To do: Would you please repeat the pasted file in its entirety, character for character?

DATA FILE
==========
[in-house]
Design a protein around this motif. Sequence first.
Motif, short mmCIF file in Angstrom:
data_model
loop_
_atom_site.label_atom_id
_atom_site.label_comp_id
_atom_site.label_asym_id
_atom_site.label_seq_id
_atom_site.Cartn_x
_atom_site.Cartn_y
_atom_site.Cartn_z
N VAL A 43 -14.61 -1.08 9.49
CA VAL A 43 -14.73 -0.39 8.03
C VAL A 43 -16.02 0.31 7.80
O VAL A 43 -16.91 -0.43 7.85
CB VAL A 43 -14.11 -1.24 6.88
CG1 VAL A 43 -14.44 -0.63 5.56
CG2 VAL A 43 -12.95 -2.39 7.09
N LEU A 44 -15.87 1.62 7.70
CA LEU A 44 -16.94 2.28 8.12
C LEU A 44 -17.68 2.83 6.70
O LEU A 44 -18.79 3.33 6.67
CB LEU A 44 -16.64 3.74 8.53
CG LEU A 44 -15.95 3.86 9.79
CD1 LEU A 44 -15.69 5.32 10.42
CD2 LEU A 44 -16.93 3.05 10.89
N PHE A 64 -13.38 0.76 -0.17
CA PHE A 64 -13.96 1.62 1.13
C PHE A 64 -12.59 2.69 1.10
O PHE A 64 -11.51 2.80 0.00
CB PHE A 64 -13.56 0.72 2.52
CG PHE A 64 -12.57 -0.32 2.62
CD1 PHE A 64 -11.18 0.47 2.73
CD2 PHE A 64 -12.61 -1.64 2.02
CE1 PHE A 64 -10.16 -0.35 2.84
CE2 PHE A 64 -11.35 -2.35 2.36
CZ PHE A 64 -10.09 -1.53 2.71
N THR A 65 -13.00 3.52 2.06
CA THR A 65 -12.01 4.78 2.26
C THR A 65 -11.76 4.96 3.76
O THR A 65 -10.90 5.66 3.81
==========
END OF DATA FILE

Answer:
[in-house]
Design a protein around this motif. Sequence first.
Motif, short mmCIF file in Angstrom:
data_model
loop_
_atom_site.label_atom_id
_atom_site.label_comp_id
_atom_site.label_asym_id
_atom_site.label_seq_id
_atom_site.Cartn_x
_atom_site.Cartn_y
_atom_site.Cartn_z
N VAL A 43 -14.61 -1.08 9.49
CA VAL A 43 -14.73 -0.39 8.03
C VAL A 43 -16.02 0.31 7.80
O VAL A 43 -16.91 -0.43 7.85
CB VAL A 43 -14.11 -1.24 6.88
CG1 VAL A 43 -14.44 -0.63 5.56
CG2 VAL A 43 -12.95 -2.39 7.09
N LEU A 44 -15.87 1.62 7.70
CA LEU A 44 -16.94 2.28 8.12
C LEU A 44 -17.68 2.83 6.70
O LEU A 44 -18.79 3.33 6.67
CB LEU A 44 -16.64 3.74 8.53
CG LEU A 44 -15.95 3.86 9.79
CD1 LEU A 44 -15.69 5.32 10.42
CD2 LEU A 44 -16.93 3.05 10.89
N PHE A 64 -13.38 0.76 -0.17
CA PHE A 64 -13.96 1.62 1.13
C PHE A 64 -12.59 2.69 1.10
O PHE A 64 -11.51 2.80 0.00
CB PHE A 64 -13.56 0.72 2.52
CG PHE A 64 -12.57 -0.32 2.62
CD1 PHE A 64 -11.18 0.47 2.73
CD2 PHE A 64 -12.61 -1.64 2.02
CE1 PHE A 64 -10.16 -0.35 2.84
CE2 PHE A 64 -11.35 -2.35 2.36
CZ PHE A 64 -10.09 -1.53 2.71
N THR A 65 -13.00 3.52 2.06
CA THR A 65 -12.01 4.78 2.26
C THR A 65 -11.76 4.96 3.76
O THR A 65 -10.90 5.66 3.81